Drowning in Garbage

Drowning in Garbage

Global waste is set to reach 3.4 billion tonnes by 2050, according to the World Bank. Plastic accounts for just 12%, but is one of the biggest threats facing the planet’s sustainability.

Bulldozer working on landfill with birds in the sky

A WORLD OF WASTE

Rapid economic development and population growth, along with urbanisation, has increased the number of consumer goods, along with the amount of waste generated, which is harmful to our health and the planet, especially when not packaged in an environmentally safe manner. Unless urgent action is taken to save, reuse and recycle, global waste will “increase by 70% over the next 30 years”, warns the World Bank. In 2050, global waste generation is expected “to jump to 3.4 billion tonnes”, up 70% from the 2.01 billion tonnes generated in 2016, of which 33 % aren’t generated sustainably, reveals the most recent report published by the World Bank: “What a Waste 2.0: A Global Snapshot of Solid Waste Management to 2050”.

A SEA OF PLASTIC

Most (44%) of the world’s waste is generated from food and agricultural waste. However, plastic, which accounts for only 12% of global waste, is one of the most dangerous types of waste and threatens to contaminate water resources that are vital for life on Earth. In 2016, 242 million tonnes of plastic waste were generated, which is equivalent to approximately 24 trillion 500 ml 10 gr plastic bottles. These could fill up 2,400 Olympic stadiums, 4.8 million Olympic-size swimming pools or 40 billion bathtubs. It is also equivalent to the weight of 3.4 million adult blue whales or 1,376 Empire State Buildings combined.

Higher-income countries produce the most plastic waste and they’re also responsible for generating a large portion of the world’s waste, despite representing only 16% of the world’s population. Each year, these counties generate one-third (34%) of global waste: 32% organic waste, 25% paper and cardboard and 13% plastic waste.

There is a direct proportional link between the rate of a country’s development and the amount of waste it generates. But these are also the regions that reuse and recycle waste more, because they have the knowledge, technology and financial resources to do so, unlike lower-income countries.

WHO WASTES MORE?

However, if we analyse waste distribution per continent, East Asia and the Pacific Region top the list of regions that generate the most waste, accounting for one-fourth (23%) of the world’s waste: 468 million tonnes. The second biggest producers of waste are Europe and Central Asia, which account for 392 million tonnes of waste per year. As underdeveloped areas experience economic development, the World Bank estimates that, in 2050, waste production in Sub-Saharan Africa will triple, while South Asia is expected to double waste generation.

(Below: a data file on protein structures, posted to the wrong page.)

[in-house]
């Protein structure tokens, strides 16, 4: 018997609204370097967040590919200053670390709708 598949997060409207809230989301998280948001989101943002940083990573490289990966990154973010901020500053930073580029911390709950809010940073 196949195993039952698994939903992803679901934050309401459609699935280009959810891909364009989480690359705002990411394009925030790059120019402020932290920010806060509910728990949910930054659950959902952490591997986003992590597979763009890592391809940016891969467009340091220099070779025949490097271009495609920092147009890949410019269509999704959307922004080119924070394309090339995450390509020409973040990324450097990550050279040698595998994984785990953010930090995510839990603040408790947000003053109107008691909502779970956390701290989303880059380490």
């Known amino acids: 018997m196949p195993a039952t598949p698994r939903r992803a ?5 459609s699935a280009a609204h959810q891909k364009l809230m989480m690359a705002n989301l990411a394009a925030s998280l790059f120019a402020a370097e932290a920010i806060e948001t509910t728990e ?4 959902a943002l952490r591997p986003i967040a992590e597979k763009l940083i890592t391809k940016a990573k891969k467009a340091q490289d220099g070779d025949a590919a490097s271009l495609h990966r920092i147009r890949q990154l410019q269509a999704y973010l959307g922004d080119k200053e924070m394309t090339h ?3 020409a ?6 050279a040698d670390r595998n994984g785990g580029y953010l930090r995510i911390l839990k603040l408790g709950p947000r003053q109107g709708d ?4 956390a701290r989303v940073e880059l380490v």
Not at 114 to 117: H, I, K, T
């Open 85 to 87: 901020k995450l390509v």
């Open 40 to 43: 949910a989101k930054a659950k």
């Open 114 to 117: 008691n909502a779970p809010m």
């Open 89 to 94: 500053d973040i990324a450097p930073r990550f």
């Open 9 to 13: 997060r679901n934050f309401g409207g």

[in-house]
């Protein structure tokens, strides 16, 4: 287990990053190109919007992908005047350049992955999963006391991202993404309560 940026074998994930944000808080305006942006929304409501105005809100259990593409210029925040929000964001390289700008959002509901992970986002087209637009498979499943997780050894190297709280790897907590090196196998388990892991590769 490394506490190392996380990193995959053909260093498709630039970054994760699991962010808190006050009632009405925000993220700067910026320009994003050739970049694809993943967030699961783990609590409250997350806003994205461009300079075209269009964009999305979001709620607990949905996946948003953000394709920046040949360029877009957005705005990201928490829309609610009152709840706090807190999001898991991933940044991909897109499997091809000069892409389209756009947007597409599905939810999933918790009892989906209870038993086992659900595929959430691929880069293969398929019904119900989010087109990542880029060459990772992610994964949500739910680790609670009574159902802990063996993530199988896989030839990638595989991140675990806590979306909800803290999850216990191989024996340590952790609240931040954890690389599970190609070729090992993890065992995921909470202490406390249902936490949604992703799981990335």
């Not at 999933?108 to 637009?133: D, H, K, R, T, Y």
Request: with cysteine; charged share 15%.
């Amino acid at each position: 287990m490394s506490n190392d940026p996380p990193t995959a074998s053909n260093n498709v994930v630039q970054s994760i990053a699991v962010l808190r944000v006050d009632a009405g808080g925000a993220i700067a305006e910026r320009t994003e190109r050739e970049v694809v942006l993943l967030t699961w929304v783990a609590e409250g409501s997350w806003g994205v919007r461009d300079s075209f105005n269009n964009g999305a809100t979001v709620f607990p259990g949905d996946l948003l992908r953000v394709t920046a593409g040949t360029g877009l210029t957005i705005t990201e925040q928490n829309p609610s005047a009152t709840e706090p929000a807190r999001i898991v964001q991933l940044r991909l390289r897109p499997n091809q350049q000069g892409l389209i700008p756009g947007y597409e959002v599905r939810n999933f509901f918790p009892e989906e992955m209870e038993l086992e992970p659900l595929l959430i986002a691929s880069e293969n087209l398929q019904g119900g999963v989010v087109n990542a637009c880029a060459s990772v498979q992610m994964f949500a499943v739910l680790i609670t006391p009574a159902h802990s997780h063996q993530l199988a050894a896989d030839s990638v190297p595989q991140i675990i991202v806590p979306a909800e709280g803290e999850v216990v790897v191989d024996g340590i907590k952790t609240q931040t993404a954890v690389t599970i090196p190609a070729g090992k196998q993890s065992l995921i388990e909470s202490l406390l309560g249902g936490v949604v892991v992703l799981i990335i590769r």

Take away glass of fresh orange juice isolated on white background

IN 2016, THE WORLD GENERATED, 242 MILLION TONNES OF PLASTIC WASTE

THAT’S EQUIVALENT TO:

illustration plastic

40% OF WASTE IS DUMPED IN LANDFILLS

All over the world, nearly 40% of waste is dumped in landfills, with only 4% deposited in controlled areas. Approximately 19% is recovered through recycling (13.5%) and composting (5.5%) and 11% of global waste is incinerated. However, open dumping still accounts for 33% of waste. This type of waste disposal is more common in underdeveloped regions like Sub-Saharan Africa and South Asia, while recycling, composting and sanitary landfills are starting to be used on higher-income continents like Europe and Central Asia and North America.

DID YOU KNOW?

1. We each produce an average of 0.74 kg of waste per day;

2. Organic waste accounts for more than 50% of waste generated in low-income or developing countries, while higher-income countries generate only 32%;

3. In low-income countries, only 16% of paper, cardboard, plastic, metal and glass is recycled, while developed regions recycle 50%.

Source: World Bank, “What a Waste 2.0: A Global Snapshot of Solid Waste Management to 2050”
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